In parts of the Andean highlands in Peru and Bolivia, you might come across people eating clay, or arcilla, with their potatoes. Known in native Andean languages as chaco (Quechua) or pasa (Aymara), the clay is high in calcium, iron, zinc, and copper. Many believe it also has medicinal properties.
How and why people started eating arcilla de chaco remains a mystery, but archaeological research suggests the practice of geophagy, or eating dirt, may have been common in the region for at least 2,500 years. Some researchers hypothesize that people may have first learned to eat clay by watching parrots do so at clay licks, which are found in various parts of Peru.
To make arcilla de chaco, Altiplano farmers mix sun-dried clay with water and salt until it forms a creamy paste. They typically serve it alongside various Andean tubers, including ulluco and freeze-dried chuño potatoes. The chaco helps to reduce the bitterness inherent in many highland potatoes, making them more palatable. More importantly, the clay might help to remove potentially harmful toxins.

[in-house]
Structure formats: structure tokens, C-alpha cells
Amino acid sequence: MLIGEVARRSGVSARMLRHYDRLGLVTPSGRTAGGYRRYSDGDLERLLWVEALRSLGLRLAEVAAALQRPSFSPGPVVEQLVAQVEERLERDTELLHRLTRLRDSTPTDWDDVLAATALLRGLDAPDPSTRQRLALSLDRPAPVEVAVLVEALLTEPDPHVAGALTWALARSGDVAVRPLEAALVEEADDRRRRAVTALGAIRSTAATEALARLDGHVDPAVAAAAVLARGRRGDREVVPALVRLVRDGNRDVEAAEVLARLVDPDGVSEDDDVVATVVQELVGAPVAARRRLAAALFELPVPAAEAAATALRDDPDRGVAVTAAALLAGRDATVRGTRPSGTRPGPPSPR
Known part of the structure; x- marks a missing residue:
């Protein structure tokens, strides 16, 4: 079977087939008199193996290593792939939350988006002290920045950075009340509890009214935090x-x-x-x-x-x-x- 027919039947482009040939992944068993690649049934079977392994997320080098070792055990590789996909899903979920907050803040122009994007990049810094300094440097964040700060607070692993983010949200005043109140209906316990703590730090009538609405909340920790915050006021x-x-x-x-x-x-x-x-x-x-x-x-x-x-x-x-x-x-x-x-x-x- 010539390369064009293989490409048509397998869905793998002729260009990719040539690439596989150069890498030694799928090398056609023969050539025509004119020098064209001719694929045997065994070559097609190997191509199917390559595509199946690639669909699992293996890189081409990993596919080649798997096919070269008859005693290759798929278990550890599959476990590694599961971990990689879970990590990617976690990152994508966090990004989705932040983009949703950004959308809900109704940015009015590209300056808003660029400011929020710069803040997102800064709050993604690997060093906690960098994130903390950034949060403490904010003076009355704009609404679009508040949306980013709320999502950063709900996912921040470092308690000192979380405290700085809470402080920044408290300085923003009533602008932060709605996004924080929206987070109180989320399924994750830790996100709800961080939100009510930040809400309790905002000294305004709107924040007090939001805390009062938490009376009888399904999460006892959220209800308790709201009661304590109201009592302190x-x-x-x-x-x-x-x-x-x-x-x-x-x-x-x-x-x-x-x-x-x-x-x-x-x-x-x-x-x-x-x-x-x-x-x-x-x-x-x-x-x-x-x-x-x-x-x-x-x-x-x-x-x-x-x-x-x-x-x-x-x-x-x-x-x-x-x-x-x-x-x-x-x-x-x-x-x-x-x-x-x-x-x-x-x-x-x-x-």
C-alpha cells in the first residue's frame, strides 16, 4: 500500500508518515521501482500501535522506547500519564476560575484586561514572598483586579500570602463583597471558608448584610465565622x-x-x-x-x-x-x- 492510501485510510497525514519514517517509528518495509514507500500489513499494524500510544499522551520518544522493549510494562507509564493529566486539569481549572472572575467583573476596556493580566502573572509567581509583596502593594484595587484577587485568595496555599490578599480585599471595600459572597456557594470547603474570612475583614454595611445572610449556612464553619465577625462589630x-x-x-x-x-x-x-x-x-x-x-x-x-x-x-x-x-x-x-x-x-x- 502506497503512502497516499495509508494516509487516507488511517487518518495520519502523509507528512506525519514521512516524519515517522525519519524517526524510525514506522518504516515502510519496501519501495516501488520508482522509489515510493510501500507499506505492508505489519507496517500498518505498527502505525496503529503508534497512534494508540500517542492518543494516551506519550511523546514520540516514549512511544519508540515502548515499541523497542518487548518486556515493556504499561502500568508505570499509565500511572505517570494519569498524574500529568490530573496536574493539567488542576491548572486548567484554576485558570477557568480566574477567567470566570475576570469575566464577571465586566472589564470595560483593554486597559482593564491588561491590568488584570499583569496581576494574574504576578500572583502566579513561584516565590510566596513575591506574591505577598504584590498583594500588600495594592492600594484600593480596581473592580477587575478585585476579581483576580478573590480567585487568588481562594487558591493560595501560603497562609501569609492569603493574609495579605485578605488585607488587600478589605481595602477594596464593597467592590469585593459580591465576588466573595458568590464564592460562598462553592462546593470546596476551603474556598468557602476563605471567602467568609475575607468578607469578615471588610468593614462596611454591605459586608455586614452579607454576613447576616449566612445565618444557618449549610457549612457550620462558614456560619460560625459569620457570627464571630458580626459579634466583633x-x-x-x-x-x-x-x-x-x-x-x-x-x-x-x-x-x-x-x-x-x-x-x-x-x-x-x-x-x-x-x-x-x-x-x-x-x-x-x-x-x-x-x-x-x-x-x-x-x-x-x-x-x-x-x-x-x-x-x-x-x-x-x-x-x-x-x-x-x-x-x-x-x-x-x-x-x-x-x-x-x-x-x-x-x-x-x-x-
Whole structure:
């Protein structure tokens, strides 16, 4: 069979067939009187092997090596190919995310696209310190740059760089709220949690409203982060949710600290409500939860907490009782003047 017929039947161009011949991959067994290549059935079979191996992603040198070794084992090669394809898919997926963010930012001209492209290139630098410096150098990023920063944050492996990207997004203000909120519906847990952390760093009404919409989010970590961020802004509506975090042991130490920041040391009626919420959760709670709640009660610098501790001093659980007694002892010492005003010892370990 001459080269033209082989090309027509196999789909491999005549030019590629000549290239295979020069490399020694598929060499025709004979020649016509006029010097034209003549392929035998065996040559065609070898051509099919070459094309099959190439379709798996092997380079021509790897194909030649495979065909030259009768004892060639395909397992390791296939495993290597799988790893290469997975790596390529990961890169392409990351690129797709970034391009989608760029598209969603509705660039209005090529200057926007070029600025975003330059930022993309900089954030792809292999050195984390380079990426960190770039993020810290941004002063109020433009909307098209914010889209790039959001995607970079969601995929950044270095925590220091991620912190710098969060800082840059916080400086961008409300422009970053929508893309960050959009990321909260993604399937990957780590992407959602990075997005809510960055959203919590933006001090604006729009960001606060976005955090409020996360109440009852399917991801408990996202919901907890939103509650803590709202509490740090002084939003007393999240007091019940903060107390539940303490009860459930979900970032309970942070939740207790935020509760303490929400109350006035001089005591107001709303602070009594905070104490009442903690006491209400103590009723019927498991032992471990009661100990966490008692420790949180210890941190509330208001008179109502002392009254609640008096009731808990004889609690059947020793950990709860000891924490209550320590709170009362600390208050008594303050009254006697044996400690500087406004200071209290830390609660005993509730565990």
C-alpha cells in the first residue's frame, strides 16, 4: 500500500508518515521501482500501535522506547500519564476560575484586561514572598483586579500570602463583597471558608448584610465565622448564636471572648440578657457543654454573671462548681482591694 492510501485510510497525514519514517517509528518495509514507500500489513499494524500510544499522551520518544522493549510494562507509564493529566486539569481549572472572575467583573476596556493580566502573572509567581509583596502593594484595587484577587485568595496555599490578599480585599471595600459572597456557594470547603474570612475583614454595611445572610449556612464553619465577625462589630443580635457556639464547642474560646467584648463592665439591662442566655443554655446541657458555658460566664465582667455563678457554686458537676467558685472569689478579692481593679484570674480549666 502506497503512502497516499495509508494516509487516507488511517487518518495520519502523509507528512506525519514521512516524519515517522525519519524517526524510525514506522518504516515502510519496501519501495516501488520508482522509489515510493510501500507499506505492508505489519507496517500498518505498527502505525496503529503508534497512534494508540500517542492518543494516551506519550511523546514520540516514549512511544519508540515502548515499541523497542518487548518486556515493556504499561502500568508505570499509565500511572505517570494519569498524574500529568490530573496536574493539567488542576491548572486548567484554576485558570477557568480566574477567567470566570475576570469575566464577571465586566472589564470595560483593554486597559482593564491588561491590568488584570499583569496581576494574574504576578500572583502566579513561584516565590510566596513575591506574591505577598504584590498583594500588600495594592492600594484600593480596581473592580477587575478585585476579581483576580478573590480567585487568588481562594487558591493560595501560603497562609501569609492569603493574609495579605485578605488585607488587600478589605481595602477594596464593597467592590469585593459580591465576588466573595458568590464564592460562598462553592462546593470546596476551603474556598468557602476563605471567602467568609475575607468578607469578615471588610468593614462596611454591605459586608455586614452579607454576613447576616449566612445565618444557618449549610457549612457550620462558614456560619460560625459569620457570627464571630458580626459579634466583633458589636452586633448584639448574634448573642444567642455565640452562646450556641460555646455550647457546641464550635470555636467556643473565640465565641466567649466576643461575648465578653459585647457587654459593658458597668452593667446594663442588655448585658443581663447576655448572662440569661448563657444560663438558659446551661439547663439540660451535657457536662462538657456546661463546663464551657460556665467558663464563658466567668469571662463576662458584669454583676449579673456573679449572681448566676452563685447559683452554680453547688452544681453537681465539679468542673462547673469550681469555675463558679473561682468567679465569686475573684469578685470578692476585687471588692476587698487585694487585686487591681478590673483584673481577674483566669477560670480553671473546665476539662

Peru is home to thousands of native varieties of potato, many of which contain comparatively high levels of glycoalkaloids. These naturally occurring chemicals give the potatoes their bitter taste, and can also cause abdominal pain, diarrhea, and vomiting, even when consumed in small quantities. Recent research has demonstrated that chaco clay can absorb these chemicals, detoxifying the potatoes.
These studies support what traditional Andean medicine has purported for years. Rural farmers in Peru and Bolivia have eaten clay to prevent and treat indigestion, stomach ulcers, and other digestive disorders. And even if the potatoes they are eating are not bitter, it has become a deep-rooted custom to dip them into bowls of salty arcilla de chaco.
Need to Know
For authentic arcilla de chaco, you'll need to visit the Altiplano areas of Bolivia and Peru. The best time to harvest it is between May and December.